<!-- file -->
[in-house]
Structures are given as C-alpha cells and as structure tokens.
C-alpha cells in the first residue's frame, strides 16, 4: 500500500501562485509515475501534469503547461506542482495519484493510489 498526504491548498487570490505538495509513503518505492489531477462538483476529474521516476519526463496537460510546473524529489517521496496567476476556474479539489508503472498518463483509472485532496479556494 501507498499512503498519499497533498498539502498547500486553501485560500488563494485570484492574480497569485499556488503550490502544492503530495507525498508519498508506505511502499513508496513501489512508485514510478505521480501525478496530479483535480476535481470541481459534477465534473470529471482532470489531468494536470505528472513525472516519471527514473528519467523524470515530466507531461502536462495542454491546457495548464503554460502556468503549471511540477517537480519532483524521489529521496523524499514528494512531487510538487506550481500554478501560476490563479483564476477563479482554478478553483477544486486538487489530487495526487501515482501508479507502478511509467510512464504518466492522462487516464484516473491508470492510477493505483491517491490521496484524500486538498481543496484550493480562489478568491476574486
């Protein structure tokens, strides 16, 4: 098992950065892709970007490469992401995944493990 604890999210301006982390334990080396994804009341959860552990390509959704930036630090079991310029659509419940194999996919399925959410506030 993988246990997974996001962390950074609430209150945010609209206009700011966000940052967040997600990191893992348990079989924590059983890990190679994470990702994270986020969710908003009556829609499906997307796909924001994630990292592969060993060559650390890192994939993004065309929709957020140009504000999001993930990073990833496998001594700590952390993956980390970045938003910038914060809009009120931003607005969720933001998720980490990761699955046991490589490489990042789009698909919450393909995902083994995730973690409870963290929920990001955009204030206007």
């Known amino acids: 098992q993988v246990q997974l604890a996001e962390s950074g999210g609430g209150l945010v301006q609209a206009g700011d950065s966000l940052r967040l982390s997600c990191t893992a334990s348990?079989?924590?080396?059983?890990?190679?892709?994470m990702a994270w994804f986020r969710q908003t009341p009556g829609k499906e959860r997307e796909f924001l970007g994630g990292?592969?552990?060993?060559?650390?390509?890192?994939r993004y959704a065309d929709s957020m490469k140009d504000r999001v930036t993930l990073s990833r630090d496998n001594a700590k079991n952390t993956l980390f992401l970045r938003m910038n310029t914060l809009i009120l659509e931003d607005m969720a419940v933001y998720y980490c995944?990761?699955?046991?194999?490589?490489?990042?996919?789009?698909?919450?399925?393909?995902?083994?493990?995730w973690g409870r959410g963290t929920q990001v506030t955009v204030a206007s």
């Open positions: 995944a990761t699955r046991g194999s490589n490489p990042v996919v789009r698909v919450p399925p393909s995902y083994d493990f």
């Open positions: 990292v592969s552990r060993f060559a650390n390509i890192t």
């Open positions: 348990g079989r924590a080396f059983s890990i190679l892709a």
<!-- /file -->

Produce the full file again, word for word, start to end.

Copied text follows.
[in-house]
Structures are given as C-alpha cells and as structure tokens.
C-alpha cells in the first residue's frame, strides 16, 4: 500500500501562485509515475501534469503547461506542482495519484493510489 498526504491548498487570490505538495509513503518505492489531477462538483476529474521516476519526463496537460510546473524529489517521496496567476476556474479539489508503472498518463483509472485532496479556494 501507498499512503498519499497533498498539502498547500486553501485560500488563494485570484492574480497569485499556488503550490502544492503530495507525498508519498508506505511502499513508496513501489512508485514510478505521480501525478496530479483535480476535481470541481459534477465534473470529471482532470489531468494536470505528472513525472516519471527514473528519467523524470515530466507531461502536462495542454491546457495548464503554460502556468503549471511540477517537480519532483524521489529521496523524499514528494512531487510538487506550481500554478501560476490563479483564476477563479482554478478553483477544486486538487489530487495526487501515482501508479507502478511509467510512464504518466492522462487516464484516473491508470492510477493505483491517491490521496484524500486538498481543496484550493480562489478568491476574486
């Protein structure tokens, strides 16, 4: 098992950065892709970007490469992401995944493990 604890999210301006982390334990080396994804009341959860552990390509959704930036630090079991310029659509419940194999996919399925959410506030 993988246990997974996001962390950074609430209150945010609209206009700011966000940052967040997600990191893992348990079989924590059983890990190679994470990702994270986020969710908003009556829609499906997307796909924001994630990292592969060993060559650390890192994939993004065309929709957020140009504000999001993930990073990833496998001594700590952390993956980390970045938003910038914060809009009120931003607005969720933001998720980490990761699955046991490589490489990042789009698909919450393909995902083994995730973690409870963290929920990001955009204030206007």
């Known amino acids: 098992q993988v246990q997974l604890a996001e962390s950074g999210g609430g209150l945010v301006q609209a206009g700011d950065s966000l940052r967040l982390s997600c990191t893992a334990s348990?079989?924590?080396?059983?890990?190679?892709?994470m990702a994270w994804f986020r969710q908003t009341p009556g829609k499906e959860r997307e796909f924001l970007g994630g990292?592969?552990?060993?060559?650390?390509?890192?994939r993004y959704a065309d929709s957020m490469k140009d504000r999001v930036t993930l990073s990833r630090d496998n001594a700590k079991n952390t993956l980390f992401l970045r938003m910038n310029t914060l809009i009120l659509e931003d607005m969720a419940v933001y998720y980490c995944?990761?699955?046991?194999?490589?490489?990042?996919?789009?698909?919450?399925?393909?995902?083994?493990?995730w973690g409870r959410g963290t929920q990001v506030t955009v204030a206007s």
């Open positions: 995944a990761t699955r046991g194999s490589n490489p990042v996919v789009r698909v919450p399925p393909s995902y083994d493990f």
């Open positions: 990292v592969s552990r060993f060559a650390n390509i890192t």
């Open positions: 348990g079989r924590a080396f059983s890990i190679l892709a």